Aspartame As Sugar Substitute? Well, Think Twice
Are you thinking of Aspartame to cut down your sugar intake so you could lose weight? Well, read further to see that it’s is not a really good choice.
“Sugar is the modern poison,” experts said. However, people can’t still get enough of it. I am also guilty of consuming a large amount, especially for my coffee. I just don’t enjoy a bland cup when I’m working.
Because sugar contains tons of calories, it’s considered a culprit to weight gain. Alternatives mushroomed and among them is aspartame.
What is Aspartame?
Aspartame is a popular artificial sweetener that is 200 times more powerful than sucrose. It is sold under the brand names NutraSweet® and Equal®. It is a combination of two amino acids: L-aspartic acid and L-phenylalanine.
Because you can use a small amount, Aspartame is usually included in diet sodas. It’s also found in fruit drinks, pharmaceutical products, and gums.
Is Aspartame Safe?
The Food and Drugs Administration (FDA) approved the use of Aspartame since the 1980s and that decision is based on various studies.
Though regulated, the FDA tagged this as safe. Canadian and European agencies approved it as well for human consumption. Moreover, here are some more international agencies that recommend this:
- World Health Organization
- United Nations Food and Agriculture Organization
- American Heart Association
- American Dietetic Association
Can this Cause Cancer?
Rumors and health concerns about this artificial sweetener, which includes cancer, have been up for decades. However, there are no proven claims and concrete Scientific findings that it’s indeed carcinogen.
The European Food Safety Authority published a press release saying experts have “ruled out a potential risk of aspartame causing damage to genes and inducing cancer.” It also belied the allegations that it harms the brain, nervous system or affects behavior and motors of children and adults.
Can Aspartame Help You Lose Weight?
Aspartame only contains 4 calories per gram, which is also similar to sugar. However, since this is around 200 times sweeter, you’ll only need a small amount to make your food and beverage tastier.
Though you consume fewer calories with the same amount of satisfaction, it turned out that this can ruin your diet.
The Massachusetts General Hospital published a study noting that when digested, the sweetener will interfere with the function of the enzyme called alkaline phosphate (IAP), which includes the prevention of obesity, diabetes, and metabolic syndrome.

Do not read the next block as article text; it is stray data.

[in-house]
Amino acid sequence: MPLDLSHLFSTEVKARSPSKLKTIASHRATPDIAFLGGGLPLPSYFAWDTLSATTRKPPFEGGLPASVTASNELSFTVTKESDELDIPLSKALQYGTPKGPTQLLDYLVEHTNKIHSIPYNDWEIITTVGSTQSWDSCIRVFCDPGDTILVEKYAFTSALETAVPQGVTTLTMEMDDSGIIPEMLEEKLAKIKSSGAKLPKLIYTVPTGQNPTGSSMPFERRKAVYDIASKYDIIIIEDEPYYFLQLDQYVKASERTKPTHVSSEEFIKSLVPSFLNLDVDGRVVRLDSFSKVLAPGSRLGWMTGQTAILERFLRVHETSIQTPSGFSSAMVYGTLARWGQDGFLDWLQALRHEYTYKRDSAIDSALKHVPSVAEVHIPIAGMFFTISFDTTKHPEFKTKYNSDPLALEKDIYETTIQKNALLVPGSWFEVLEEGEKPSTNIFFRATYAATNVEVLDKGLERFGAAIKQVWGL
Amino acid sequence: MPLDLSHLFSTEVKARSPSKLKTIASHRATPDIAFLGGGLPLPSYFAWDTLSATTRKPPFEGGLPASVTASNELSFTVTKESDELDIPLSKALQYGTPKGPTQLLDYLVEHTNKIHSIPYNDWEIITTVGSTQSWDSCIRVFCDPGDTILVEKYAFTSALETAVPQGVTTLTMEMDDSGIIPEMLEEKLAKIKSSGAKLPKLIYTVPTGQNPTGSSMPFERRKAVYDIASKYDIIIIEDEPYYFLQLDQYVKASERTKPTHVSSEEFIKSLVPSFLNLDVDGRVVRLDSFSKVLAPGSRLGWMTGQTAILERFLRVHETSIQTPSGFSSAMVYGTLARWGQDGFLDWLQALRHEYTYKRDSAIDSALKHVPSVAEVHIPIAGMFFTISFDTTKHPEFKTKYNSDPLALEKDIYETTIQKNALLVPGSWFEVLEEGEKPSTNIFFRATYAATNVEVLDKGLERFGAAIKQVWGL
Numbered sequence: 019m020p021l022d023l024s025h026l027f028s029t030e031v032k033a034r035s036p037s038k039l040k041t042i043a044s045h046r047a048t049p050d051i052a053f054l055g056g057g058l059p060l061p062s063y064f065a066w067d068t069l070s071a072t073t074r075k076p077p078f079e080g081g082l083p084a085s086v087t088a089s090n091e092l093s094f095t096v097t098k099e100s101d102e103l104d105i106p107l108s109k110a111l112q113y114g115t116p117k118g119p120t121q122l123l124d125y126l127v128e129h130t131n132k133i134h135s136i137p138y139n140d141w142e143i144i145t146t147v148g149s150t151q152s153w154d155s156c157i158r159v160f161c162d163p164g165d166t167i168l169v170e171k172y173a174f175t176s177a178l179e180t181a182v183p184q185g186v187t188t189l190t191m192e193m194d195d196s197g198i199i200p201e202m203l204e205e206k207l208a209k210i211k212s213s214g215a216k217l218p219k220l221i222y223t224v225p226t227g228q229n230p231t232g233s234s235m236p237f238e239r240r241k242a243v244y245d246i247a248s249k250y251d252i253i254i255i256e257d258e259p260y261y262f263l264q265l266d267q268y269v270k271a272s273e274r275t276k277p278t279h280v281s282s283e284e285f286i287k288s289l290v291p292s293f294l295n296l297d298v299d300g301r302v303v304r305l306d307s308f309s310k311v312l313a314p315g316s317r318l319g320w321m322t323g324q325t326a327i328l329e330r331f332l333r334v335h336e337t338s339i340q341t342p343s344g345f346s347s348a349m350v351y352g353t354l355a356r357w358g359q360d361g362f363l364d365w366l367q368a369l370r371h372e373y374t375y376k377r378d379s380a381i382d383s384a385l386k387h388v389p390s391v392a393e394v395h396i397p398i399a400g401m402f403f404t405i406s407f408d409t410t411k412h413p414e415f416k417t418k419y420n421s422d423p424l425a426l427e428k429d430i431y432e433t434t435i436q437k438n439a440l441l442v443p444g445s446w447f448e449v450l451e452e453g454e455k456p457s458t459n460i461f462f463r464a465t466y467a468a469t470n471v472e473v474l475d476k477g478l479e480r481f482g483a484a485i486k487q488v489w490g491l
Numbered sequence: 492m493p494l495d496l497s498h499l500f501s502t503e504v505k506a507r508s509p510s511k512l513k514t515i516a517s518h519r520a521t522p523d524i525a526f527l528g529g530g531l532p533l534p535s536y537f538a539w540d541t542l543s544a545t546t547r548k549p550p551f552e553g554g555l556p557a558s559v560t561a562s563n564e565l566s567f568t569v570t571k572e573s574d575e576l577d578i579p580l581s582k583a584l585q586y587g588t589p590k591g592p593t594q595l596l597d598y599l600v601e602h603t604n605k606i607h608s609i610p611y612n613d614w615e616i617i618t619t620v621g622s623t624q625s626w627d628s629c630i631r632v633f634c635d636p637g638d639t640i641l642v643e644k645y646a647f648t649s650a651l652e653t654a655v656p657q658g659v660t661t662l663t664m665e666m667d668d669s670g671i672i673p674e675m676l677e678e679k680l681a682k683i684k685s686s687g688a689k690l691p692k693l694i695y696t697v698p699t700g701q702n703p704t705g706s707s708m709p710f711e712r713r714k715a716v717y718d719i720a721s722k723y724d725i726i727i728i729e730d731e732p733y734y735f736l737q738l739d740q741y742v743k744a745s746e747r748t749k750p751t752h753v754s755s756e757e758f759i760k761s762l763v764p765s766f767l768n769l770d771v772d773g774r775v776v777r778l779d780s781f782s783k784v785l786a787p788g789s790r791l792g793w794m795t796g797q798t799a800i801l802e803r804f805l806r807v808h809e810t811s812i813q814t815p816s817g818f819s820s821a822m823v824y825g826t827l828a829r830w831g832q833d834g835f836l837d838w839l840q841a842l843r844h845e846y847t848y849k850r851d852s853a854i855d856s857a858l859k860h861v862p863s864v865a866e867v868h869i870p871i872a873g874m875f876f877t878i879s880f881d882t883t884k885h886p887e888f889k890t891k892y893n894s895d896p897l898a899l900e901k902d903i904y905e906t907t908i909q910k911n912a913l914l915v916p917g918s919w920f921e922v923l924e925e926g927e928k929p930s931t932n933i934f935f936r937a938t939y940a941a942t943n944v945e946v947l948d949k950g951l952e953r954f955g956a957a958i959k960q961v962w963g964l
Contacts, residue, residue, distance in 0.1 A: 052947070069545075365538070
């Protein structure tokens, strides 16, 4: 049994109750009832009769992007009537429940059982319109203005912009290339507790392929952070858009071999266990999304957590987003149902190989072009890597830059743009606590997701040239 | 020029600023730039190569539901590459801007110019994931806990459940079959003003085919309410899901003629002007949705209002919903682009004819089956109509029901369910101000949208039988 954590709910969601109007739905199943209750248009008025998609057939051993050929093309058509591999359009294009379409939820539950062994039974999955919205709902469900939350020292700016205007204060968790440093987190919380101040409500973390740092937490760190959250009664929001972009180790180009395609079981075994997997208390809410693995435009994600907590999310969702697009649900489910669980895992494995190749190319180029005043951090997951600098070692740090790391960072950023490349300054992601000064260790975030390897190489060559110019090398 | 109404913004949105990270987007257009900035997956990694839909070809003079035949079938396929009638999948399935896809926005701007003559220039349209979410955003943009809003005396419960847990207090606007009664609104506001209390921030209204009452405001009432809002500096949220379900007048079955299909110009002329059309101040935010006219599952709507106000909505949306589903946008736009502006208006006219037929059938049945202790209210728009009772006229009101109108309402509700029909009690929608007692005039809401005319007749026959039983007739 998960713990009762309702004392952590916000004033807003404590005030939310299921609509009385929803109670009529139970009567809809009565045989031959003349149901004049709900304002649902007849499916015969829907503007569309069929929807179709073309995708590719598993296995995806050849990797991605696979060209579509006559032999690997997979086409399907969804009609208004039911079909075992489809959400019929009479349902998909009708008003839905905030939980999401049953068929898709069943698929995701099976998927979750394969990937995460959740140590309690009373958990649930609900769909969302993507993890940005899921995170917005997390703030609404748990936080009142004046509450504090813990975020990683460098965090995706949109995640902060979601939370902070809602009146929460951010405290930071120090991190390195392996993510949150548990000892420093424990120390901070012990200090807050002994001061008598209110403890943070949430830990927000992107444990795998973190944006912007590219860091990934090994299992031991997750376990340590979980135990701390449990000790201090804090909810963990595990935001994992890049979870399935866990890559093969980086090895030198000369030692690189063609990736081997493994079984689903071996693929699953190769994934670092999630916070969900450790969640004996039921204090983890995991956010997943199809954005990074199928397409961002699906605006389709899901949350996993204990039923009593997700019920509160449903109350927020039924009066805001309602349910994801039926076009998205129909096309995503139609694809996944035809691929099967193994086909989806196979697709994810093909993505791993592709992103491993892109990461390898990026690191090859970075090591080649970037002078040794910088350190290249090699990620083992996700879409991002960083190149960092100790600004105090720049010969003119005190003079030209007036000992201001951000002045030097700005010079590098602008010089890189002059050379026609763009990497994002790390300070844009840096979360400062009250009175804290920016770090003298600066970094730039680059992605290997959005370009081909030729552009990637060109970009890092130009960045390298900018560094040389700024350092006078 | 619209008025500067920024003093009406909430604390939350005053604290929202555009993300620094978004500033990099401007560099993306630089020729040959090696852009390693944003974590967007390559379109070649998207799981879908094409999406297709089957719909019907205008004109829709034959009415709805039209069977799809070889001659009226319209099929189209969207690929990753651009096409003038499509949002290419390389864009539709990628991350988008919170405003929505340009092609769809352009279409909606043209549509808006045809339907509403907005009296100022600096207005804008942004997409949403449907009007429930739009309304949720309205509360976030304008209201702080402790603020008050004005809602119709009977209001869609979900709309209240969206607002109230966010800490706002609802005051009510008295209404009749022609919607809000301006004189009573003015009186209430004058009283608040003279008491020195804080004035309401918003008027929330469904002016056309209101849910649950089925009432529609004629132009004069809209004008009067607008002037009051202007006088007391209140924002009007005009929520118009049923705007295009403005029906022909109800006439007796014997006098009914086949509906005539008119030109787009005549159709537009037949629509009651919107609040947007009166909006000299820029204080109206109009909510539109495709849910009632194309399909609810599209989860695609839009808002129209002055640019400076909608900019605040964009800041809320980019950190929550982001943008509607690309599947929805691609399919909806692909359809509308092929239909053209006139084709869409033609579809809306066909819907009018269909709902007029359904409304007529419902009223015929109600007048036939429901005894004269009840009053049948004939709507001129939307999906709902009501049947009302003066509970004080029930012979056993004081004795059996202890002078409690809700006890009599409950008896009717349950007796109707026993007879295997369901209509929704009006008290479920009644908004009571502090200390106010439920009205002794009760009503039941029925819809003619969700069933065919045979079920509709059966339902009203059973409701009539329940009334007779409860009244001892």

To test this theory, the researchers grouped mice into four: mice on a normal diet, mice on a normal diet with aspartame-sweetened water, mice on a high-fat diet, and mice on a high-fat diet plus aspartame-sweetened water.
After eight weeks, the mice that consumed aspartame gained more weight.
Aspartame Cause Higher Blood Sugar in Rats
During the 2018 Experimental Biology Conference, Brian Hoffman, a biochemical engineer at the joint Department of Biomedical Engineering at the Medical College of Wisconsin and Marquette University, presented a study that linked Aspartame to high blood sugar.
His team fed different groups of rats diets high in glucose or fructose (kinds of sugar), or aspartame or acesulfame potassium (common zero-calorie artificial sweeteners). After three weeks, they showed significant differences in the concentrations of biochemicals, fats and amino acids in blood samples.
“We observed that in moderation, your body has the machinery to handle sugar; it is when the system is overloaded over a long period of time that this machinery breaks down,” Hoffmann said. “We also observed that replacing these sugars with non-caloric artificial sweeteners leads to negative changes in fat and energy metabolism.”
What are the Other Side Effects?
There are claims that after consuming Aspartame, people experienced headaches, dizziness, seizure, and depression. However, there are no sufficient studies to back the claims.
Don’t Rely on Aspartame
Aspartame is generally safe. But, it’s not advisable to include this in your weight loss goals. Remember, there are no alternatives to self-control and hard work.
If you want a healthier substitute to table sugar, go natural. You can use coco sugar, stevia, and honey.